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action active Verb adjective adverb anapestic antecedent by-and-by called Castlereagh clause Cobbett comma common compound conjunction consonant correct dear James Doctor Doctor Johnson enallage English Grammar error Etymology example express figures followed French gender German give grammarians instance intransitive irregular king knowledge language Latin learned Letter Lindley Murray Lord Lord Castlereagh Lord Sidmouth manner mark matter means meant mind neuter Verb never nominative nonsense notice noun object observe paragraph passive participle passive voice past perfect tense person or thing person singular phrase plural number possessive preposition present Present perfect tense principles proper reason relate relative pronoun Richard Grant White rule sense sentence sometimes sound Speaker speaking speech stand subjunctive syllable Syntax teach tence third person Thou thought tion transitive verb tyrants understood WILLIAM COBBETT wish write
Page 217 - How sleep the brave, who sink to rest By all their country's wishes blest ? When Spring, with dewy fingers cold, Returns to deck their hallowed mould, She there shall dress a sweeter sod Than Fancy's feet have ever trod.
Page 112 - There are indeed but very few who know how to be idle and innocent, or have a relish of any pleasures that are not criminal; every diversion they take is at the expense of some one virtue or another, and their very first step out of business is into vice or folly.
Page 188 - THE love of RETIREMENT has, in all ages, adhered closely to those minds, which have been most enlarged by knowledge, or elevated by genius. Those who enjoyed every thing generally supposed to confer happiness, have been forced to seek it in the shades of privacy.
Page 222 - Oh to abide in the desert with thee! Wild is thy lay and loud, Far in the downy cloud Love gives it energy, love gave it birth. Where, on thy dewy wing, Where art thou journeying? Thy lay is in heaven, thy love is on earth.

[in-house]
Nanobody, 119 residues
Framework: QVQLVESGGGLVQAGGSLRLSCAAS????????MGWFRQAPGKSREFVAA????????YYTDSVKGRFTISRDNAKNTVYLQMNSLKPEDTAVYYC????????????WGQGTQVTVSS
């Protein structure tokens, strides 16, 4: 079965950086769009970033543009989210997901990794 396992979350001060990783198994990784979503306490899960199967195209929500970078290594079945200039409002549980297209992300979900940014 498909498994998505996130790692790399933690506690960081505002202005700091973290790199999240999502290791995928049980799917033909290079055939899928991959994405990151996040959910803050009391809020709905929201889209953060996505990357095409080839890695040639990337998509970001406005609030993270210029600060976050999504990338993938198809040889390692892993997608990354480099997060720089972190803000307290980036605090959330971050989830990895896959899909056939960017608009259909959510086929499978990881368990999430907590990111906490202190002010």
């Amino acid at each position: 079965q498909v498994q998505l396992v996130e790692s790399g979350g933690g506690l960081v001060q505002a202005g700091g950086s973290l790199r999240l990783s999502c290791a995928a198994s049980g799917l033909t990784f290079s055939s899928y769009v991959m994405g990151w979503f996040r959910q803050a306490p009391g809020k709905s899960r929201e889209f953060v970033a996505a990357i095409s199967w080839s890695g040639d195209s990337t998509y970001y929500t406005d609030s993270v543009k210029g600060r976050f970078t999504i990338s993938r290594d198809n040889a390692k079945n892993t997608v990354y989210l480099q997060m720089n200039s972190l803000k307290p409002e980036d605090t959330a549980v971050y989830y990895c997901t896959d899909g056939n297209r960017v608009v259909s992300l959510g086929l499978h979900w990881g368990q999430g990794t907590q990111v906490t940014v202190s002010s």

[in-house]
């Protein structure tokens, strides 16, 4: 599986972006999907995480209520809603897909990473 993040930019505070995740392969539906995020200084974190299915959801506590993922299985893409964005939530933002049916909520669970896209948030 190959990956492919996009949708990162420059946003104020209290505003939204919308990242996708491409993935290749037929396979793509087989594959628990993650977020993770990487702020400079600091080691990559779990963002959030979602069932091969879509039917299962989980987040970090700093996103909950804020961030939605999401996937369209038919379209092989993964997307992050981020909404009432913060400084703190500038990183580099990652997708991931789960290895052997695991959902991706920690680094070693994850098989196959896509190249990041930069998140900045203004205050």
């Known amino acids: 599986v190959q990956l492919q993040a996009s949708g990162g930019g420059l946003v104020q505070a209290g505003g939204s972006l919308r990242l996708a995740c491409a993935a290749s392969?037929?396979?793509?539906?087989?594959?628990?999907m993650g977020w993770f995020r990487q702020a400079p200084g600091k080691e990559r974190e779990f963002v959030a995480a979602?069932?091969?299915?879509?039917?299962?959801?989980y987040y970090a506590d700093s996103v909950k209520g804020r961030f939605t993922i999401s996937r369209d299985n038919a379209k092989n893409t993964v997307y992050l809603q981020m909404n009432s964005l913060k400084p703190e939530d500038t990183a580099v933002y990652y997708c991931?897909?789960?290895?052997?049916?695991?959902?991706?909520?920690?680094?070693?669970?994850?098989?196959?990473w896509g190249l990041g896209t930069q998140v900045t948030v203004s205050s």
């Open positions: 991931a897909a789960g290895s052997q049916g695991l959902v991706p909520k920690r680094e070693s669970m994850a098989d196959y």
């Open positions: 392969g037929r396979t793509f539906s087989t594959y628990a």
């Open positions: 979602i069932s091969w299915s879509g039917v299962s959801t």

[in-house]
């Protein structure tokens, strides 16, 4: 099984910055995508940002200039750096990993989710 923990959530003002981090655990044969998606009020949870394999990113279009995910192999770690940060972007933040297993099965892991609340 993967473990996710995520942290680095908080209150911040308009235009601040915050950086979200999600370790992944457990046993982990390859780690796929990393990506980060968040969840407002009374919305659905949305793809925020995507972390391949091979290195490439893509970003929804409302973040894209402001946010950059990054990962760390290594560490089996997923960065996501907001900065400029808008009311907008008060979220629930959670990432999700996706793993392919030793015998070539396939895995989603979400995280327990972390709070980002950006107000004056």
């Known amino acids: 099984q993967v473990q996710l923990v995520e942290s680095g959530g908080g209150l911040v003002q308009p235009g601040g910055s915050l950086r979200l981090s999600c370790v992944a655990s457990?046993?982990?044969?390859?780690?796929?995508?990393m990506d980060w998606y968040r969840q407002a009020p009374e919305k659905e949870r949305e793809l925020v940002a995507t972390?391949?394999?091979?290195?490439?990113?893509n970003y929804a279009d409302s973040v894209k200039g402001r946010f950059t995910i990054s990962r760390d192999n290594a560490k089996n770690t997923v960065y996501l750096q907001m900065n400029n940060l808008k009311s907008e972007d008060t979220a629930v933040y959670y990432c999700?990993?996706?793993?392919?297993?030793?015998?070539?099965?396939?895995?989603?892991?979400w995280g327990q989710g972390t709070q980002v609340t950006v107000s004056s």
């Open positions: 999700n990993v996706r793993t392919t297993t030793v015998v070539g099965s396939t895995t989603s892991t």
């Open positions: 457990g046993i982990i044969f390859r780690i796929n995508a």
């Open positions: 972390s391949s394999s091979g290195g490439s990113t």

Page 205 - My Lords and Gentlemen : It is with deep regret that I am again obliged to announce the continuance of his majesty's lamented indisposition.
Page 236 - I continue to receive from foreign powers the strongest assurances of their friendly disposition towards this country.
Page 172 - I am. Thou art. He is. We are. You are. They are. I was. Thou wast He was. We were. You were. They were.
Page 198 - Logic is the art of using reason well in our inquiries after truth, and in the communication of it to others;" but, surely, in a case like this, no room for doubt or for hesitation ought to have been left.
Page 219 - Roll on, thou deep and dark blue ocean, roll! Ten thousand fleets sweep over thee in vain ; Man marks the earth with ruin — his control Stops with the shore ; upon the watery plain The wrecks are all thy deed...
Page 209 - The expedition directed from Halifax to the northern coast of the United States has terminated in a manner not less satisfactory. The successful course of this operation has been followed by the immediate submission of the extensive and important district east of the Penobscot river, to his Majesty's arms.